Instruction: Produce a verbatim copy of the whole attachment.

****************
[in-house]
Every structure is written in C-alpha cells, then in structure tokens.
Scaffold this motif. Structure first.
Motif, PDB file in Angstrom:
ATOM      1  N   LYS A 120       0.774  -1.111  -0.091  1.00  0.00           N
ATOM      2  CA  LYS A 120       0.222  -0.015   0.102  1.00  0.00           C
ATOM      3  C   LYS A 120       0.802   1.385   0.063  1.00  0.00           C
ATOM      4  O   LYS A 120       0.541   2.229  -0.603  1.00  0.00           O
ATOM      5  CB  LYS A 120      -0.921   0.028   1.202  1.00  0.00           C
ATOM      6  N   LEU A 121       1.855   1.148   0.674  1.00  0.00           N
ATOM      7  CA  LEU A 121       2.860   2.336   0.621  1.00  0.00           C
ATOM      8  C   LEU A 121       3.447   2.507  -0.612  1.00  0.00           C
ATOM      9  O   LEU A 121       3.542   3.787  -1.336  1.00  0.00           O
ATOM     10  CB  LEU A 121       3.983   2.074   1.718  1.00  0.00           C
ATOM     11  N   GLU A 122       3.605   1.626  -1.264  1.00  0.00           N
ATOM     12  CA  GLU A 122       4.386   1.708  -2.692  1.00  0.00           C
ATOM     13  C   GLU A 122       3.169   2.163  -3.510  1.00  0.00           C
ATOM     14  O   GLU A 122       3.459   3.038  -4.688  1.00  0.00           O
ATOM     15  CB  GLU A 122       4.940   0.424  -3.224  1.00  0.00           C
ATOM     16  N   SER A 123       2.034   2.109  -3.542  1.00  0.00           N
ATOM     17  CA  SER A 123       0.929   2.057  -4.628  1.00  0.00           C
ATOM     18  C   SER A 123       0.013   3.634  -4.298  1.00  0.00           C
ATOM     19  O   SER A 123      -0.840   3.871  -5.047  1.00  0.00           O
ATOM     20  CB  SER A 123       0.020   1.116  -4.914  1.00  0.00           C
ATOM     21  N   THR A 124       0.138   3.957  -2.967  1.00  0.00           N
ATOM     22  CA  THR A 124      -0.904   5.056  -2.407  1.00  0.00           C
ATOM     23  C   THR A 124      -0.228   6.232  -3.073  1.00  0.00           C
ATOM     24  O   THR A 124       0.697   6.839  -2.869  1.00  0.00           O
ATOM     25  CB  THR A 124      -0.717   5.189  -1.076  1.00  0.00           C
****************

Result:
[in-house]
Every structure is written in C-alpha cells, then in structure tokens.
Scaffold this motif. Structure first.
Motif, PDB file in Angstrom:
ATOM      1  N   LYS A 120       0.774  -1.111  -0.091  1.00  0.00           N
ATOM      2  CA  LYS A 120       0.222  -0.015   0.102  1.00  0.00           C
ATOM      3  C   LYS A 120       0.802   1.385   0.063  1.00  0.00           C
ATOM      4  O   LYS A 120       0.541   2.229  -0.603  1.00  0.00           O
ATOM      5  CB  LYS A 120      -0.921   0.028   1.202  1.00  0.00           C
ATOM      6  N   LEU A 121       1.855   1.148   0.674  1.00  0.00           N
ATOM      7  CA  LEU A 121       2.860   2.336   0.621  1.00  0.00           C
ATOM      8  C   LEU A 121       3.447   2.507  -0.612  1.00  0.00           C
ATOM      9  O   LEU A 121       3.542   3.787  -1.336  1.00  0.00           O
ATOM     10  CB  LEU A 121       3.983   2.074   1.718  1.00  0.00           C
ATOM     11  N   GLU A 122       3.605   1.626  -1.264  1.00  0.00           N
ATOM     12  CA  GLU A 122       4.386   1.708  -2.692  1.00  0.00           C
ATOM     13  C   GLU A 122       3.169   2.163  -3.510  1.00  0.00           C
ATOM     14  O   GLU A 122       3.459   3.038  -4.688  1.00  0.00           O
ATOM     15  CB  GLU A 122       4.940   0.424  -3.224  1.00  0.00           C
ATOM     16  N   SER A 123       2.034   2.109  -3.542  1.00  0.00           N
ATOM     17  CA  SER A 123       0.929   2.057  -4.628  1.00  0.00           C
ATOM     18  C   SER A 123       0.013   3.634  -4.298  1.00  0.00           C
ATOM     19  O   SER A 123      -0.840   3.871  -5.047  1.00  0.00           O
ATOM     20  CB  SER A 123       0.020   1.116  -4.914  1.00  0.00           C
ATOM     21  N   THR A 124       0.138   3.957  -2.967  1.00  0.00           N
ATOM     22  CA  THR A 124      -0.904   5.056  -2.407  1.00  0.00           C
ATOM     23  C   THR A 124      -0.228   6.232  -3.073  1.00  0.00           C
ATOM     24  O   THR A 124       0.697   6.839  -2.869  1.00  0.00           O
ATOM     25  CB  THR A 124      -0.717   5.189  -1.076  1.00  0.00           C